As a result, Zucotti Park could stick around for a long time. Its size clearly limits the impact it's likely to have - it could never be like the relatively huge Christiana. But there is staying power, and there is a model to which Zucotti denizens could point for continued existence.
Much has changed for Christiana, though. Many rules have been instituted, and public officials have cracked down many times in the last 28 years. There are several businesses which have since opened in Christiana, trying to adhere to the themes of the areas founding, but clearly altering these themes at the same time. As time went on, complaints about Christiana increased, even as the area worked to clean itself. The 'beauty' of a 'free zone' was consistently offset by the crime and hazards which accompanied the seemingly generous 'freedoms' left unmanaged by the collective. Despite recognizing their own shortcomings, the collective was unable to create a viable, safe, ongoing culture. In 2007, rights to the base were ceded back to the city over a 10 year period. The city's rights to the base have been upheld in court. Over time, Christiana will once again be a full and integrated part of Copenhagen.
Can Zucotti Park last forever? Sure, why not? But the prospects are dim. It's nowhere near as large as Christiana. But this is a benefit, too. Smaller collectives are easier to manage. The real issue is property rights. Since they do not have the right to occupy the space they are in, they must rely on the willingness of Brookfield Partners to allow them to remain. So far, this has not been a problem. At some point, if the occupiers begin to see complaints increase, the inevitable crackdown will come.
More likely, however, the TV cameras will leave. At that point, the OWS movement will cease to generate any organic interest and fade away. It lacks proper organization, it has no goals, no solutions, and no management. It is a grand party, however, and that will attract people for quite some time, just as Christiana did. Like Christiana, it's hard to call OWS illegitimate, because it's easy to sympathize with at least a few grievances which they have stated. However, in my experience, if you have a grievance you should not air it until you have a solution prepared to deal with that grievance. This is what creates a beneficial growth environment. Christiana survived for many years because its residents found short term solutions to keep it together. In the long run, they had no solutions to their worst problems.
Lacking in solutions, Zucotti Park will die. But it may take quite a bit of time, as the history of Christiana might suggest.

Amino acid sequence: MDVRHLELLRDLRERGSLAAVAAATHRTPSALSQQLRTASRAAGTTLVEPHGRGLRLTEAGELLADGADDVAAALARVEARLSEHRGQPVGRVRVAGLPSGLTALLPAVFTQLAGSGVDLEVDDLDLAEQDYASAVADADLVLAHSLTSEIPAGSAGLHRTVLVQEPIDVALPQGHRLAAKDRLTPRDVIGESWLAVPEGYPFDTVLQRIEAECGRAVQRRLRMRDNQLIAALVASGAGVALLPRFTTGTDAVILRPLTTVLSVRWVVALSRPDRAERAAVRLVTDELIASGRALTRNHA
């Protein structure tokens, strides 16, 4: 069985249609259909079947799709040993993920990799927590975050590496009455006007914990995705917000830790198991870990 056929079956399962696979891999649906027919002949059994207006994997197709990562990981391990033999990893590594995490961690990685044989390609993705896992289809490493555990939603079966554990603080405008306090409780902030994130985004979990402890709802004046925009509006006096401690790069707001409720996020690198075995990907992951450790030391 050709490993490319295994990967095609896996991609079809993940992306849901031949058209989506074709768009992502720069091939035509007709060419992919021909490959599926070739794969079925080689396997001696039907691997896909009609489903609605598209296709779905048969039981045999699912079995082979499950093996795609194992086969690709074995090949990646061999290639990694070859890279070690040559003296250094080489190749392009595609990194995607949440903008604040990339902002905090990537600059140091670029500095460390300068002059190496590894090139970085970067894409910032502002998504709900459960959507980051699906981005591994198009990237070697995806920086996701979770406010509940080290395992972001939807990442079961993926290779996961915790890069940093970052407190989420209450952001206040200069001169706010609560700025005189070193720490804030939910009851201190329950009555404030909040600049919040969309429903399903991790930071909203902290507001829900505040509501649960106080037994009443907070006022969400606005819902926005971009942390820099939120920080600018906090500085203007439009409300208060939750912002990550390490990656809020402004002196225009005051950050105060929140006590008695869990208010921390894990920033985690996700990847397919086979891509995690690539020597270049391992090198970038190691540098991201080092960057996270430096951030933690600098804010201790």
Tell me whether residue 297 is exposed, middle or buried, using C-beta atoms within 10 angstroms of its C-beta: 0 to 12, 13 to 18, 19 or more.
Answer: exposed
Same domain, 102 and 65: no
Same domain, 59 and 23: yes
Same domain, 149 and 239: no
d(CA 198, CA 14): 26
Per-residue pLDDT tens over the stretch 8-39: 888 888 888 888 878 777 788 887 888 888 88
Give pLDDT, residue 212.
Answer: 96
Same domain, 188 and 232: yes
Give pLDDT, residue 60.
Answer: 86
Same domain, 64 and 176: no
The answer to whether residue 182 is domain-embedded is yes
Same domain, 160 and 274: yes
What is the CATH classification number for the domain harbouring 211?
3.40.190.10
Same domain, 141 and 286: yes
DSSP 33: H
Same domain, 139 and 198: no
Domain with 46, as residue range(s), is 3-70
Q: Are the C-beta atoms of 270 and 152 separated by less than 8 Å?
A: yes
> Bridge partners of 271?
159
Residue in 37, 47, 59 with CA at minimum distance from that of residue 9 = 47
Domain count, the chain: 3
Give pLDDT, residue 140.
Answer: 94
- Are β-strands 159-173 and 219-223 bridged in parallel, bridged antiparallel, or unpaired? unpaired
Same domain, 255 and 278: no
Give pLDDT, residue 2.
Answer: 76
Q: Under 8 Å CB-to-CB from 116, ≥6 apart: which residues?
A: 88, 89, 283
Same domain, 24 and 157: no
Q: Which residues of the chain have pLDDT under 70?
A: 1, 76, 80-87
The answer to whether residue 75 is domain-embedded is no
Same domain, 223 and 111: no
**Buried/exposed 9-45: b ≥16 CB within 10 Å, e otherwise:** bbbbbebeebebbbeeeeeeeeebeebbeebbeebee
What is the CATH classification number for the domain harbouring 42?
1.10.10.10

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Re OWS, I'm just waiting for the first snows. That will clear up the situation rather promptly, I expect.
If you want to occupy somewhere for the long haul, it's usually better to do it somewhere like Berkeley where the weather is better.
Right now, people take turns cleaning and doing jobs around Zucotti. Ben and Jerry's showed up and gave away free ice cream.
Several celebrities (part of the 1%, mind you) have voiced their support for the "99%".
Several have provided food, medical care, and other forms of material support.
Over time, however, the people volunteering to do the work will tire of the freeloaders. The celebrities will lose interest when the cameras leave and they get no marketing bang for their buck. The freeloaders will be forced to either live in squalor or pay for things which were previously free. The volunteers will move on to something more 'meaningful', because that's what they do - they are the true believers.
Meanwhile, let's just sit back and enjoy the show. I'm not angry at them. I consider them a drain on city resources, though. I don't consider them illegitimate. Crony capitalism is a problem. Too bad that's not their only message. In fact, if they had a cohesive message, I might be more sympathetic.
Most importantly, I want them to provide solutions. Solutions are what make things work, long term.
i agree with most of your points and am glad to hear a modicum of sympathy since the tirades seem a bit much given that we are talking about a young demographic which doesn't necessarily have much life experience to draw upon. crony capitalism IS a problem. but they do not have the education/tools for the most part to figure out the specifics of the problem nor the solutions, they are just experiencing the detritus since things are expensive and jobs are tough to find. doesn't mean they shouldn't figure out how to get off their tushes to do something other than complain about it or expect someone else to solve their problems. but they are perhaps copying some of us grown ups. present company excluded, of course.